- Author: Erin Mahaney
ave you ever been in the middle of a garden project and suddenly wondered how you got there? I pondered this question as I began what felt like my 10th hour of separating sunflower seeds from the chaff. Actually, it had only been 20 minutes, but after picking each seed out one-by-one, it certainly felt like time had slowed to hours instead of minutes.
It really began over 10 years ago when I planted my first – and for a long time, only – mammoth sunflower. The flower was so huge that my now-teenage son, who is otherwise oblivious to everything in the garden, has asked each year when we are going to grow another one. I've tried, but to no avail. I can easily grow the branching sunflowers and modestly-sized sunflowers, but we have never achieved the truly mammoth-sized sunflower head after that first year. Each year, my son would tell me that it wasn't as big as that first one. (Quite a few times, I've wondered whether the mammoth sunflower was larger in a small child's memory than reality.)
But I came close this year. My entire yard is on drip irrigation now, which makes planting seeds straight into the ground more challenging. But when a yarrow died, I stuffed some organic ‘Titan' sunflower seeds into the same location. I didn't expect much, but they sprouted! And grew and grew and grew. Our family really enjoyed watching the plants grow tall, form their beautiful blooms, and then turn to seed. We ended up with have three big sunflower heads to harvest.
The ‘Titan' sunflower (Helianthus annuus)grows to about 12' tall with flower heads of up 18-24” across and edible striped seeds. Other large sunflower varieties include ‘Mammoth Russian,' ‘Mammoth,' ‘Mammoth Grey Stripe', and ‘Mongolian Giant.' (You've probably noticed a naming theme here.) Sunflowers prefer full sun (6-8 hours a day) and well-drained, rich soil. Follow the planting directions on the seed package. Although sunflower seeds can be started indoors, some people recommend sowing them directly into the ground, however, in order to grow bigger sunflowers. This helps to ensure that the taproot doesn't become stunted if transplanting is delayed. Stake the plants because they will become top heavy and prone to leaning or falling over.
I usually leave my sunflower seeds for the birds, but this year I decided to at least try roasting them. I'm not sure why I thought that was a good idea given that no one in my family eats sunflower seeds. “It would be easy,” I thought, after doing some research. Simply remove the seeds and roast them!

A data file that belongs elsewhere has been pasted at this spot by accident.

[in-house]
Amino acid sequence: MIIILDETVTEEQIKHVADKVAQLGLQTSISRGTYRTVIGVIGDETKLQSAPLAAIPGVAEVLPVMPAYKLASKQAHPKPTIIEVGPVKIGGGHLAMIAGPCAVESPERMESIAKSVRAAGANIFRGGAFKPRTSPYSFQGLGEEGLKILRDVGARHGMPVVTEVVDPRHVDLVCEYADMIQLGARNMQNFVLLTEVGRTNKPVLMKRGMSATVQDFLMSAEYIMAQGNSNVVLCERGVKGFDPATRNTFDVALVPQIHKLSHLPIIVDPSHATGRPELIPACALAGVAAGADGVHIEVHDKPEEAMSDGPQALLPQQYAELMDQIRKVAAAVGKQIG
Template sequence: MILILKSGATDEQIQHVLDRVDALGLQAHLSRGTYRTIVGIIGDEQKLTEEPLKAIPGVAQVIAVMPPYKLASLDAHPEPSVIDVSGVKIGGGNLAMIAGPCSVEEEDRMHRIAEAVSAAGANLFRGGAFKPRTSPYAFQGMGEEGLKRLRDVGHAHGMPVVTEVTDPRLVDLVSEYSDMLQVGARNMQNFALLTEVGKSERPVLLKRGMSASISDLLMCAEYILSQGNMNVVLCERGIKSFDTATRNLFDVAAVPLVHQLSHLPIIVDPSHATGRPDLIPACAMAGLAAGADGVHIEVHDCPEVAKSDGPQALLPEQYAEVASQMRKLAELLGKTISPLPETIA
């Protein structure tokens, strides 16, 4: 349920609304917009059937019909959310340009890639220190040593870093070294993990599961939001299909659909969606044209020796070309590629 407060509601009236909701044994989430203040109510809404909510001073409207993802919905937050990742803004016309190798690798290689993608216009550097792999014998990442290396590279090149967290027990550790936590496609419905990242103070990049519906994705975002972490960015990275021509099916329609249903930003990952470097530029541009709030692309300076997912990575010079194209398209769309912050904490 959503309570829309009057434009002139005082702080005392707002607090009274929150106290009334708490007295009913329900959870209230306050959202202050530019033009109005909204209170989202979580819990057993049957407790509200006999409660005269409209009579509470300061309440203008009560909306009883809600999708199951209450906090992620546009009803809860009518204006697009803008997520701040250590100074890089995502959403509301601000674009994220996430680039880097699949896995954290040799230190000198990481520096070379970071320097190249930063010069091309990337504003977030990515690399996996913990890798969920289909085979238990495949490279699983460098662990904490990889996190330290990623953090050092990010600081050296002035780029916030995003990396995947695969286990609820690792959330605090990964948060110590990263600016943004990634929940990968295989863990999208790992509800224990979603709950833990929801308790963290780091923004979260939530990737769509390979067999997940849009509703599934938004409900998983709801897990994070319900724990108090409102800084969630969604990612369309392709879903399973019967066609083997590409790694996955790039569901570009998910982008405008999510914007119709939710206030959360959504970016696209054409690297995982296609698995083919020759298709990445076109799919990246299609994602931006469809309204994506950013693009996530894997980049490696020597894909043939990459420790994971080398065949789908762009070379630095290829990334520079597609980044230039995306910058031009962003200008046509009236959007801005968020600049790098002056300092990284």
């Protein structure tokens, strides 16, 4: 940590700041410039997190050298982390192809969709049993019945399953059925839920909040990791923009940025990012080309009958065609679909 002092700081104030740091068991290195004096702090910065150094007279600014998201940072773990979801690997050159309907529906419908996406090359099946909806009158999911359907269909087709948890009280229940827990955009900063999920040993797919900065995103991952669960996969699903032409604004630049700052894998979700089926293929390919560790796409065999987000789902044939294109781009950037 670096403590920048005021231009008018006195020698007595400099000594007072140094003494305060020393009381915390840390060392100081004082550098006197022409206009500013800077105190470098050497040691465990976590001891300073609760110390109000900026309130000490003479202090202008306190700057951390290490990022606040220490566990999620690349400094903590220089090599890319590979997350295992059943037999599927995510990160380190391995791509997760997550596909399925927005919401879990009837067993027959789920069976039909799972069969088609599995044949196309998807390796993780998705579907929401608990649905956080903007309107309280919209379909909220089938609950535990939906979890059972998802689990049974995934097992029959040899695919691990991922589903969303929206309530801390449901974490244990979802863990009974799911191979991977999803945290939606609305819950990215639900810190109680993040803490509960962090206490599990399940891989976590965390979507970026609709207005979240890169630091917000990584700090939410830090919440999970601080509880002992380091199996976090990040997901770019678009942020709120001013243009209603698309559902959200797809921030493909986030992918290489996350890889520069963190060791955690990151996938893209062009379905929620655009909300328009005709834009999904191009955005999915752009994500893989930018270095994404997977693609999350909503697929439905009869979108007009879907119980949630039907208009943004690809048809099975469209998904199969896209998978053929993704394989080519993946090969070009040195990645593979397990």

As the petals of the sunflower begin to yellow and brown and the head begins to droop, it is time to beginning checking on the progress of the ripening seeds. Birds and squirrels know this too! To beat them to the seeds, you can cover the flower with a mesh or paper bag while the seeds continue to ripen. Alternatively, you could cut the head from the stem, leaving about 12” of the stem, and bring the head inside to dry. I checked the seeds regularly by picking one or two. I was surprised to find that although the shells looked large and ready to harvest, they were empty. I then waited a few more days until I started finding seeds inside the shells.
When the seeds are ready to harvest, you should be able to remove them by brushing or rubbing your hand across the face of the flower. I don't know if I waited too long (or too little), but some seeds were harder to remove at different spots on the flower head. Maybe the heads were so big that the seeds ripened unevenly across the head. Removing the seeds, however. was relatively easy compared to the next step – sorting the seeds from the chaff. Again, maybe I harvest the seeds too late, but a lot of flower head detritus, or chaff, come off with my seeds. I tried various methods to ease the sorting process, including rubbing the seeds across wire mesh. I also tried tossing the seeds in the air, hoping the breeze would catch the lighter chaff and blow it away. No such luck. All I did was a make a mess and lose many seeds through the slats of the deck. My canine supervisors found this all very interesting, but they didn't eat any! I grumpily pictured the giant sunflowers growing beneath the deck next summer and carrying it into the sky like the beanstalk in Jack in the Beanstalk. Ultimately, I ended up picking out the seeds, one-by-one. I ended up with about 4 cups of seeds from one flower head.
There are a variety of roasting recipes on the internet. I wanted to try salted, roasted seeds so I put the 4 cups of sunflower seeds (in hulls) in a bowl of water with 1/3 cup salt and soaked them for about 8 hours (most recipes say overnight). I then dried them with a paper towel and spread on a baking sheet lined with parchment paper. I roasted them in a 300 degrees F oven for about 40 minutes. The seeds roasted perfectly, but the salt was barely discernible so perhaps I should have added more salt or soaked them longer.
It was an interesting experiment, but candidly, not one I will repeat. I love planting sunflowers, but in the future, the birds can have the seeds!